Positive Steps to Regain Your Balance3 min read

Those of us who were alive in the 1970’s can remember Harry Chapin’s #1 hit, The Cat’s in the Cradle. It tells the story of a man who is always too busy working to spend time with his son. As he grows older and retires, to his dismay he realizes that his son now has no time for him.

I’m not sure when the word “workaholic” became part of our vocabulary, but I imagine the human race has wrestled with this problem ever since Adam and Eve were kicked out of the Garden. Church workers are not immune to it, and can end up with work, family, and rest dangerously out of balance.

Are you a workaholic? Are you married to one? Do you know someone who is? Here are some common characteristics of workaholics. He or she:

1)  Has no hobbies;

2)  Feels stressed when not working;

3)  Either takes no vacation or works while on vacation;

4)  Goes to work even when sick;

5)  Has work-related health problems (high blood pressure, feelings of burnout);

6)  Hides work from spouse or family;

7)  Tries to do everything instead of delegate;

8)  Can’t say “no” to work-related requests;

9)  Feels guilty when not working;

10) Won’t listen to those who tell them to slow down.

The culture we live in adds to the problem by rewarding workaholics! The business world wants employees who are at it 24/7, come in on weekends, and never turn off the smartphone. Likewise the church holds workaholics in high esteem with praise like, “Our pastor is such a go-getter!” “She puts in such long hours and is so dedicated to our school!” and “He does the work of two pastors!”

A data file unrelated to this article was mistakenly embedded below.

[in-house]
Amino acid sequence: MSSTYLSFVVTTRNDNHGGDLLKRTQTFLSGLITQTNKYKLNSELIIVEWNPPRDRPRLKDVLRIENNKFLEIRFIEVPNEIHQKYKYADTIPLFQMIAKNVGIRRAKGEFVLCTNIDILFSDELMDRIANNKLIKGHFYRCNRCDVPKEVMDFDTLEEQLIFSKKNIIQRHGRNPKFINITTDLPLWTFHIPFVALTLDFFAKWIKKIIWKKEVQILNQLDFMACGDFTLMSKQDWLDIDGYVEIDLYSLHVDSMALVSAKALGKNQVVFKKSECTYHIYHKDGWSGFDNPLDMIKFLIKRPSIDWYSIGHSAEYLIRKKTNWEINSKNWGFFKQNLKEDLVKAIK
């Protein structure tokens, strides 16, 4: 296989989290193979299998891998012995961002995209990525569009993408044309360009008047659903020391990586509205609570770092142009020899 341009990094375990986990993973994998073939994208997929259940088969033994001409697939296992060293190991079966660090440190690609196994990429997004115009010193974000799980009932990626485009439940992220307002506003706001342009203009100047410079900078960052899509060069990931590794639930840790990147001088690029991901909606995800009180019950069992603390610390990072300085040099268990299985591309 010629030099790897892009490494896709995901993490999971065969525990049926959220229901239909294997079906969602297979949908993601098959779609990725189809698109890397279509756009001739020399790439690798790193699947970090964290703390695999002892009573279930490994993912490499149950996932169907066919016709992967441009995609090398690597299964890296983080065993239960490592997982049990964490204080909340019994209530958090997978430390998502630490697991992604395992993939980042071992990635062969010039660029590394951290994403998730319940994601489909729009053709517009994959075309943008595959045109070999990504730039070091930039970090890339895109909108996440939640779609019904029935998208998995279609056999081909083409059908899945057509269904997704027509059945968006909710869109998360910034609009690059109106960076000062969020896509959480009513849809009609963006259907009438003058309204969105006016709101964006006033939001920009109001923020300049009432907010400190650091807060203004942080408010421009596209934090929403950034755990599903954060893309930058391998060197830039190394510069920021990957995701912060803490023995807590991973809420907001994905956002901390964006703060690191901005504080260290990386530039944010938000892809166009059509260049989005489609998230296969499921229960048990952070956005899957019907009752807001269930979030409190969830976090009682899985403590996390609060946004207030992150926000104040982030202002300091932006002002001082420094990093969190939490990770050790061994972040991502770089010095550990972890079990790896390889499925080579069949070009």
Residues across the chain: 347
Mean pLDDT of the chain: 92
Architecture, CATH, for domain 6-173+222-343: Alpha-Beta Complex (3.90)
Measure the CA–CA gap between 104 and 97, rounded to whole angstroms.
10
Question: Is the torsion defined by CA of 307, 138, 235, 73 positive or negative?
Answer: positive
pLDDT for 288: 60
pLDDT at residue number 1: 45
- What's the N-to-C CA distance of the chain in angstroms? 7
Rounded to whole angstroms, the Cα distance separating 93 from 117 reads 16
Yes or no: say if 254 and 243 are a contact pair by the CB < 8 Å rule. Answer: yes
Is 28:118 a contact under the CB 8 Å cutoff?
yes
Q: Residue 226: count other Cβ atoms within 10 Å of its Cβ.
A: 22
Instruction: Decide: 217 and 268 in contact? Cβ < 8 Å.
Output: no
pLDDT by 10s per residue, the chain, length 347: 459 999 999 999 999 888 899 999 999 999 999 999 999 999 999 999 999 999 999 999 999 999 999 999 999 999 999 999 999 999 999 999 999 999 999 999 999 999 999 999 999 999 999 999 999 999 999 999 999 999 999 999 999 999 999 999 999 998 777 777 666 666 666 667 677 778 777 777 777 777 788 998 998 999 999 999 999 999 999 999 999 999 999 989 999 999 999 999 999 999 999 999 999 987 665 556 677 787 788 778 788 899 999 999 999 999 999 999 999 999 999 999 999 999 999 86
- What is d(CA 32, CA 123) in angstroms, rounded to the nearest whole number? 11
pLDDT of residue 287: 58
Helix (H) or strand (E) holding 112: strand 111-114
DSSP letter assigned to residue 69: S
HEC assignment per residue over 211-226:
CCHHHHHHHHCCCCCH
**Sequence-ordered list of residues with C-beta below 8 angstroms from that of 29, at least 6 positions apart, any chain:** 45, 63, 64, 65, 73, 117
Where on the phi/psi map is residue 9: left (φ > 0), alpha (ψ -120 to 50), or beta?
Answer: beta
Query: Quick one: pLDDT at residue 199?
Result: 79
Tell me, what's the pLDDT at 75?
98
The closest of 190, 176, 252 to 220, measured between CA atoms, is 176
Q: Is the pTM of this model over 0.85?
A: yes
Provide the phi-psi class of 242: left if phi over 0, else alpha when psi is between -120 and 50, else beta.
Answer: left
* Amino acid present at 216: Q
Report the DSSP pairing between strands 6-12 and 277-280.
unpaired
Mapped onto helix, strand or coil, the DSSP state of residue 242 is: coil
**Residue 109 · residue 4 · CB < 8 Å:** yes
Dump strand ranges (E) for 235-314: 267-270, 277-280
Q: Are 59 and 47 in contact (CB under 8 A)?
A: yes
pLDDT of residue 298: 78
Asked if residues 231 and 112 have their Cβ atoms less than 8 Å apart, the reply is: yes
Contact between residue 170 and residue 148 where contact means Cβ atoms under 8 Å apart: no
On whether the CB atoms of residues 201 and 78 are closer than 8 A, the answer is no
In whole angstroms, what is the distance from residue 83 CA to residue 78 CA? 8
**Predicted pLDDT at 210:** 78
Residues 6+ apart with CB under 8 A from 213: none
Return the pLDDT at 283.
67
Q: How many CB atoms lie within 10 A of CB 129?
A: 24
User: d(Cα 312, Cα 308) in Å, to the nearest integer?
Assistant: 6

However, there is a price to pay if work dominates our lives. In addition to health problems, the other people who suffer are members of our families. Some wives carry a lot of pain because they feel their husbands are married to their work. I’ve heard of pastor’s children who left the church because they resented how dad always had time for work, but not for them.

Are you a workaholic? The first step in dealing with a problem is to recognize it. If you see some of the symptoms of workaholism in your life, consider these positive steps:

1)  Listen to others, especially your family, when they tell you they need a better relationship with you;

2)  Keep regular office hours, and have an accountability partner if needed;

3)  Schedule other things (family time, recreation, days off) and stick to them;

4)  Delegate work to others and learn to say “no;”

5)  If necessary, meet with a professional counselor. Do you feel like you have to impress others? Is your self-esteem tied too closely to your work? Do you feel a need to prove yourself?

When I was a young man considering a career in the ministry, the pastor of my church told me, “You can always find more things to do in the office. You can always make more visits or write more sermons and Bible studies. But remember, a man’s first obligation is to his family.” Looking back on raising my own children, I realize the value of his words. Our Savior Jesus attended wedding feasts, stepped aside to quiet places, and spoke of the need to get some rest. May we likewise follow His example!

Photo (c) Alex Brylov/iStock

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About the Author

Rev. Wes Gillaspie attended Concordia University Ann Arbor and is a 1986 graduate of Concordia Theological Seminary in Ft. Wayne, Ind. He has served St. Michael's, Richville since 1995. He and his wife Anne have been married for 35 years, and have two sons, Erik and David.

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